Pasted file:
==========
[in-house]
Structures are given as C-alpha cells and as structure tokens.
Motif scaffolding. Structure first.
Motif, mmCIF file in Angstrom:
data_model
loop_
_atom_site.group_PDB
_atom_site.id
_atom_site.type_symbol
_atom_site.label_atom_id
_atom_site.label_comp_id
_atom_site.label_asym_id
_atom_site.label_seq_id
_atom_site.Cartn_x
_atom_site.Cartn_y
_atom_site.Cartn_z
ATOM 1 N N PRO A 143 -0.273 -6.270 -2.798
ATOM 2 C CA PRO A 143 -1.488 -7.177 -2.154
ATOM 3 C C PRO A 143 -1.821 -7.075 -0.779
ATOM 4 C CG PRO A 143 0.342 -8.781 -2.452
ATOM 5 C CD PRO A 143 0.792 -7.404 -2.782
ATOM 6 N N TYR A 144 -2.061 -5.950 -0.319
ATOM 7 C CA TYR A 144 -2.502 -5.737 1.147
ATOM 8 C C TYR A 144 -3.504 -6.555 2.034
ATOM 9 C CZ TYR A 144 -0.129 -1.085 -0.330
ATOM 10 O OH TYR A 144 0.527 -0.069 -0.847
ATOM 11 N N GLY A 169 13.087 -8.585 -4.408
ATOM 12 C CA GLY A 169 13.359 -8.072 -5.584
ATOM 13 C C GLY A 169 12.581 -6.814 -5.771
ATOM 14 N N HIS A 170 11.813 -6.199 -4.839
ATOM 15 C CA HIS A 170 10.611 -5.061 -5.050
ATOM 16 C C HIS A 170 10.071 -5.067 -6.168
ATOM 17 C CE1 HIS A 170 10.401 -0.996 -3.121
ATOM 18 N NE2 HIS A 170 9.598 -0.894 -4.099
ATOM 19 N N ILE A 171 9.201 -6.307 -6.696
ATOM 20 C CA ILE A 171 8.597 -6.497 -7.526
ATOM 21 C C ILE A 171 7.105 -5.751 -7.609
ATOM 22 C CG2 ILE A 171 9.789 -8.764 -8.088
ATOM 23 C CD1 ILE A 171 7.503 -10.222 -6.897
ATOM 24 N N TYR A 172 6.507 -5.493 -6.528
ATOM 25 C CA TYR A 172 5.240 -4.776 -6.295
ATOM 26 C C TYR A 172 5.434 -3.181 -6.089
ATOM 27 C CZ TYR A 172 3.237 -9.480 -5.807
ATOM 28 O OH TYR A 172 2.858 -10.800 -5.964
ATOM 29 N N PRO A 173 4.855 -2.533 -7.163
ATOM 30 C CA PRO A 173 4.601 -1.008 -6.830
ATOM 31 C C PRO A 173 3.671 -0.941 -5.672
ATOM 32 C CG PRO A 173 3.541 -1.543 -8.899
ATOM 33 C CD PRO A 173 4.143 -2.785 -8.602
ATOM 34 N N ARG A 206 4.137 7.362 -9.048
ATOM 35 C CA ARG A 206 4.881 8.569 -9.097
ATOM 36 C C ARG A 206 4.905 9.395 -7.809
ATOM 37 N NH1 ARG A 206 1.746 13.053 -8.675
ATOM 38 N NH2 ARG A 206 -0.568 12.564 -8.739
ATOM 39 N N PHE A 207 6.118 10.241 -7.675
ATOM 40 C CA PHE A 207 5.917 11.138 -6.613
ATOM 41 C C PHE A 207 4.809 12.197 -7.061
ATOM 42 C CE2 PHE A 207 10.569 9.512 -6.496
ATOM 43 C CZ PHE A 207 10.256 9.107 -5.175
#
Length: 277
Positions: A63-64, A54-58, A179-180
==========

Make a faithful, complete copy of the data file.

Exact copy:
[in-house]
Structures are given as C-alpha cells and as structure tokens.
Motif scaffolding. Structure first.
Motif, mmCIF file in Angstrom:
data_model
loop_
_atom_site.group_PDB
_atom_site.id
_atom_site.type_symbol
_atom_site.label_atom_id
_atom_site.label_comp_id
_atom_site.label_asym_id
_atom_site.label_seq_id
_atom_site.Cartn_x
_atom_site.Cartn_y
_atom_site.Cartn_z
ATOM 1 N N PRO A 143 -0.273 -6.270 -2.798
ATOM 2 C CA PRO A 143 -1.488 -7.177 -2.154
ATOM 3 C C PRO A 143 -1.821 -7.075 -0.779
ATOM 4 C CG PRO A 143 0.342 -8.781 -2.452
ATOM 5 C CD PRO A 143 0.792 -7.404 -2.782
ATOM 6 N N TYR A 144 -2.061 -5.950 -0.319
ATOM 7 C CA TYR A 144 -2.502 -5.737 1.147
ATOM 8 C C TYR A 144 -3.504 -6.555 2.034
ATOM 9 C CZ TYR A 144 -0.129 -1.085 -0.330
ATOM 10 O OH TYR A 144 0.527 -0.069 -0.847
ATOM 11 N N GLY A 169 13.087 -8.585 -4.408
ATOM 12 C CA GLY A 169 13.359 -8.072 -5.584
ATOM 13 C C GLY A 169 12.581 -6.814 -5.771
ATOM 14 N N HIS A 170 11.813 -6.199 -4.839
ATOM 15 C CA HIS A 170 10.611 -5.061 -5.050
ATOM 16 C C HIS A 170 10.071 -5.067 -6.168
ATOM 17 C CE1 HIS A 170 10.401 -0.996 -3.121
ATOM 18 N NE2 HIS A 170 9.598 -0.894 -4.099
ATOM 19 N N ILE A 171 9.201 -6.307 -6.696
ATOM 20 C CA ILE A 171 8.597 -6.497 -7.526
ATOM 21 C C ILE A 171 7.105 -5.751 -7.609
ATOM 22 C CG2 ILE A 171 9.789 -8.764 -8.088
ATOM 23 C CD1 ILE A 171 7.503 -10.222 -6.897
ATOM 24 N N TYR A 172 6.507 -5.493 -6.528
ATOM 25 C CA TYR A 172 5.240 -4.776 -6.295
ATOM 26 C C TYR A 172 5.434 -3.181 -6.089
ATOM 27 C CZ TYR A 172 3.237 -9.480 -5.807
ATOM 28 O OH TYR A 172 2.858 -10.800 -5.964
ATOM 29 N N PRO A 173 4.855 -2.533 -7.163
ATOM 30 C CA PRO A 173 4.601 -1.008 -6.830
ATOM 31 C C PRO A 173 3.671 -0.941 -5.672
ATOM 32 C CG PRO A 173 3.541 -1.543 -8.899
ATOM 33 C CD PRO A 173 4.143 -2.785 -8.602
ATOM 34 N N ARG A 206 4.137 7.362 -9.048
ATOM 35 C CA ARG A 206 4.881 8.569 -9.097
ATOM 36 C C ARG A 206 4.905 9.395 -7.809
ATOM 37 N NH1 ARG A 206 1.746 13.053 -8.675
ATOM 38 N NH2 ARG A 206 -0.568 12.564 -8.739
ATOM 39 N N PHE A 207 6.118 10.241 -7.675
ATOM 40 C CA PHE A 207 5.917 11.138 -6.613
ATOM 41 C C PHE A 207 4.809 12.197 -7.061
ATOM 42 C CE2 PHE A 207 10.569 9.512 -6.496
ATOM 43 C CZ PHE A 207 10.256 9.107 -5.175
#
Length: 277
Positions: A63-64, A54-58, A179-180